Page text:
12.4.06: The birth of a baby boy.
He's here! And he's perfect.
Charles Joseph Rousmaniere came into the world at 2:13 a.m. on Sunday, December 3rd. “Charlie” is named after Will’s grandfather, James, and my father, Arejas. (Come again?) As legend has it, Will’s grandfather was the last male Rousmaniere inhabiting the earth. In order to preserve the Rousmaniere name, he proceeded to populate the planet with seven (count ‘em) seven sons. By the time Will and his brother Dana (the other Dana Rousmaniere -- another long story for another time) came along, it was all he could do to keep them straight, so he simply yelled out “Hey, Charlie” when he needed to get someone’s attention. Somehow the name stuck to him alone, and Will has always known his grandfather simply as “Charlie.” When my father came to the United States, he went by his middle name, Joseph, due to our tongue-tripping Lithuanian heritage.
As if that’s not complicated enough, Julia wanted to name the baby “Guong Guong.” We have no idea where she came up with that, but she has stood by Guong Guong all along. After her Bubbe decided that it sounded Chinese, we consulted my good friend Jenny Cheng and our Chinese-speaking uncle Joe to find that “Guong Guong” actually does mean something – actually, several somethings depending on the context:
1. “Naked.” Check. He wore his birthday suit for the big day.
2. “Old Man.” I think every newborn looks like a wrinkled old man, though this one is a particularly cute wrinkled old man. Check.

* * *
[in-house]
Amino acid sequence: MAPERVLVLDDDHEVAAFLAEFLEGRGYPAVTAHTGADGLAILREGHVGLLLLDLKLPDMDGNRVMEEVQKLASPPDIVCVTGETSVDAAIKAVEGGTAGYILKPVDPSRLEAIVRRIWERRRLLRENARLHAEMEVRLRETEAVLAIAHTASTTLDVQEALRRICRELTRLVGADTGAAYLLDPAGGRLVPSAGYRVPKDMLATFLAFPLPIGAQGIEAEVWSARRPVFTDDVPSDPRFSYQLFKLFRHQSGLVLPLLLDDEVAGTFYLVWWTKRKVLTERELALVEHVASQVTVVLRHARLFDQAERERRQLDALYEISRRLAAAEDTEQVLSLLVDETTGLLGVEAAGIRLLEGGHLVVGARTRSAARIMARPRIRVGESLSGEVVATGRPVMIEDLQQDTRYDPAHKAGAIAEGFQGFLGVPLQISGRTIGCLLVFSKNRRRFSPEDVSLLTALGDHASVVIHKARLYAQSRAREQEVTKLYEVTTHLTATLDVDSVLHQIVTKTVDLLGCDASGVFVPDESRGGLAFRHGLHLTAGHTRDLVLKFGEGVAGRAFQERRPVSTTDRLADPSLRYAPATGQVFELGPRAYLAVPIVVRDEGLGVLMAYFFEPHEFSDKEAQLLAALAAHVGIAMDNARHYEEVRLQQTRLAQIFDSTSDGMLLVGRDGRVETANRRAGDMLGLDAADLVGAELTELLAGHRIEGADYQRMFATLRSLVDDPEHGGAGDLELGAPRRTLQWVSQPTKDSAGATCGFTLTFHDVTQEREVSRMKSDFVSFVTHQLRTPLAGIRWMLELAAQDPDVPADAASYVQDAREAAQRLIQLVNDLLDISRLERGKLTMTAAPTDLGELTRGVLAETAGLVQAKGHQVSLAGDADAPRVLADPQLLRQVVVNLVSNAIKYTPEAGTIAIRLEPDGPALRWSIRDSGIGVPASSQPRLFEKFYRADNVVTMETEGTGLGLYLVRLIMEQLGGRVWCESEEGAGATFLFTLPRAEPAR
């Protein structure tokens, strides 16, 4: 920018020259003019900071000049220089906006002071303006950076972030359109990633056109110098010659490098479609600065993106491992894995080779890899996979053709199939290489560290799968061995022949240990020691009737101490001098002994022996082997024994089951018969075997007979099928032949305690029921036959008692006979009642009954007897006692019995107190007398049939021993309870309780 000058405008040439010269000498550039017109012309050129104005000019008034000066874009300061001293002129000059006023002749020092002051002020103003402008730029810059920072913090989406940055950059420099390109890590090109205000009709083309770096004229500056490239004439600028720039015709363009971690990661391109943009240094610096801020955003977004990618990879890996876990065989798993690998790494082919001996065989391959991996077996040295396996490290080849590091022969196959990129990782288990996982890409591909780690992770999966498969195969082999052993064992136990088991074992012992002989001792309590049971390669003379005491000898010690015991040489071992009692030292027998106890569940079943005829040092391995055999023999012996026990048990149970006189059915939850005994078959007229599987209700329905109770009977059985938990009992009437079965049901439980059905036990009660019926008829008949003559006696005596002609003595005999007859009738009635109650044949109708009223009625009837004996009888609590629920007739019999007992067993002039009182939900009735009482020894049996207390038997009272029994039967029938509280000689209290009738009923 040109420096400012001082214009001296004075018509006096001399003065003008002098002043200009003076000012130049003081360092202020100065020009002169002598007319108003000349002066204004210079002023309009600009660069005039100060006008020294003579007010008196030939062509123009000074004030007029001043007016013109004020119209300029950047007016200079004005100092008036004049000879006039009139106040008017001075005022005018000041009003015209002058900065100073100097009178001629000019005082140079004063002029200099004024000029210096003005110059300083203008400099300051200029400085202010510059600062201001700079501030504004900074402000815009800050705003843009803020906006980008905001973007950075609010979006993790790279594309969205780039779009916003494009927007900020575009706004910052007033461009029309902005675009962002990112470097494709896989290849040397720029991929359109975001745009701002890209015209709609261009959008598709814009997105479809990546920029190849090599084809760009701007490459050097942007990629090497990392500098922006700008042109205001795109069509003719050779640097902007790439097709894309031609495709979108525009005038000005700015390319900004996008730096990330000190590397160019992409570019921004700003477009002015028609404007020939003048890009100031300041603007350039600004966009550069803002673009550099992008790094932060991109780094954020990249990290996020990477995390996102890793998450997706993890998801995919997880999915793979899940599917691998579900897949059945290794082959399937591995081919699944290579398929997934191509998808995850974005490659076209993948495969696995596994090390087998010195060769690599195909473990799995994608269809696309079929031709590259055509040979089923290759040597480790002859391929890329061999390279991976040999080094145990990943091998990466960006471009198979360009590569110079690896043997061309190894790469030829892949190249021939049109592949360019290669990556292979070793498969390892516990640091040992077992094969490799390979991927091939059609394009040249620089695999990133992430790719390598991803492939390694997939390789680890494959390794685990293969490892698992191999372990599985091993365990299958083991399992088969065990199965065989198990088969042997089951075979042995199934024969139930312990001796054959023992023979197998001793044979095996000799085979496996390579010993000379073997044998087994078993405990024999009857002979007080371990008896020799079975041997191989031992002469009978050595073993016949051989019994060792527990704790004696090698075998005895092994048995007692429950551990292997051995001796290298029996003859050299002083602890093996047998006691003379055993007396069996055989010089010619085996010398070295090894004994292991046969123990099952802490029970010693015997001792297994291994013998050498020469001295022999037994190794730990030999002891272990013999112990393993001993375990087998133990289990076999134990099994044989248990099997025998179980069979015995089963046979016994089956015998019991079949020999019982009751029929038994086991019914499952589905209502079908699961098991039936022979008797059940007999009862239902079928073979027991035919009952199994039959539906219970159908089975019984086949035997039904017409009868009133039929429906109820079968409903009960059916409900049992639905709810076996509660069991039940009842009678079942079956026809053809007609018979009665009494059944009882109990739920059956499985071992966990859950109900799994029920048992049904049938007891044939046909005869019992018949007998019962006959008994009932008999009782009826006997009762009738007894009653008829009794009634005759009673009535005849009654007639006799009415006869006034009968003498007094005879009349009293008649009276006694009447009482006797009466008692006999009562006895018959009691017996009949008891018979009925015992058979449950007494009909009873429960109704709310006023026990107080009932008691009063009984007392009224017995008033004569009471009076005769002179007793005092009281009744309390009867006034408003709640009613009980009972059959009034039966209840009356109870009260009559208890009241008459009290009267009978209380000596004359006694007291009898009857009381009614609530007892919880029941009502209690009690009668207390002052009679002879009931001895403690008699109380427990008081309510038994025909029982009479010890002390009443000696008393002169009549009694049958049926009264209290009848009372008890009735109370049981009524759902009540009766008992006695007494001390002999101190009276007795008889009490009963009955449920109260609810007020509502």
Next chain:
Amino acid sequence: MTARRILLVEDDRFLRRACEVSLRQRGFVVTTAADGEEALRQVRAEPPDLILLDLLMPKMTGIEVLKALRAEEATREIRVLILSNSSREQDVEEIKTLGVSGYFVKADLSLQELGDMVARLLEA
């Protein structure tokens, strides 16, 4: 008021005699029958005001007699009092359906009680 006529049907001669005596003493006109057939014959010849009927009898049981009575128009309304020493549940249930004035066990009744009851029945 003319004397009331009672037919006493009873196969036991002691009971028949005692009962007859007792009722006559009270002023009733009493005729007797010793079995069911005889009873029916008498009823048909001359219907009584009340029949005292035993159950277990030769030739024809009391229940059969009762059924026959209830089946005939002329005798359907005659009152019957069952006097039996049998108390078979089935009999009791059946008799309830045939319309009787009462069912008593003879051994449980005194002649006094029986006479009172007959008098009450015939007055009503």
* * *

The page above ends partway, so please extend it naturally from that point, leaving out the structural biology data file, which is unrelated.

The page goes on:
3. “Shine Brightly.” Check. Check. Check.
Julia hit the nail on the head. Our little “Charlie Guong Guong” Rousmaniere shines. And his big sister is already basking in his light. She’ll wake up in the morning and bounce down the stairs shouting: “I LOVE my baby brother forever and for always.” For a 2 ½ year old who can hardly stand a three-minute wait for anything (Mama, it takes SO long. Why does it take so long?), Julia patiently awaited the birth of her baby brother, all the while reiterating our catch-phrase that “Charlie will ‘pop out’ when the snow comes” to anyone who would ask. On Monday morning in the hospital, I woke up to the light streaming through a window of clear blue skies and big white fluffy snow flakes. It was as if we were in a tiny hospital inside a snow globe that someone had just shaken up. It was the first snowfall in Boston and our Charlie was here. At home, Julia was telling her Mimi: “The snow is here! This is when babies come!” So, Mimi got Julia dressed and off to the hospital, where our flower-toting girl proceeded to tell everyone in the parking garage, the hospital, the hospital corridors, and the nurse’s station that “Charlie Guong Guong Rousmaniere popped out in the middle of the night when I was sleeping!”
Pop out, he did -- after 22 hours of labor, that is. And, not before my entire bag of water also “popped out” completely intact like a giant water balloon. The doctor let me lift him up and out from under his armpits while Will cut the cord. He arrived all rosy, splotchy, rashy, and beautiful, like a little wet baby seal with the softest, silkiest black hair I’ve ever felt. His quivering little chin is enough to break my heart into a million pieces.
Did I say we were stopping at two babies? He’s so deliciously sweet, he makes me want a baker’s dozen.
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Read the next entry: 12.11.06: Discharges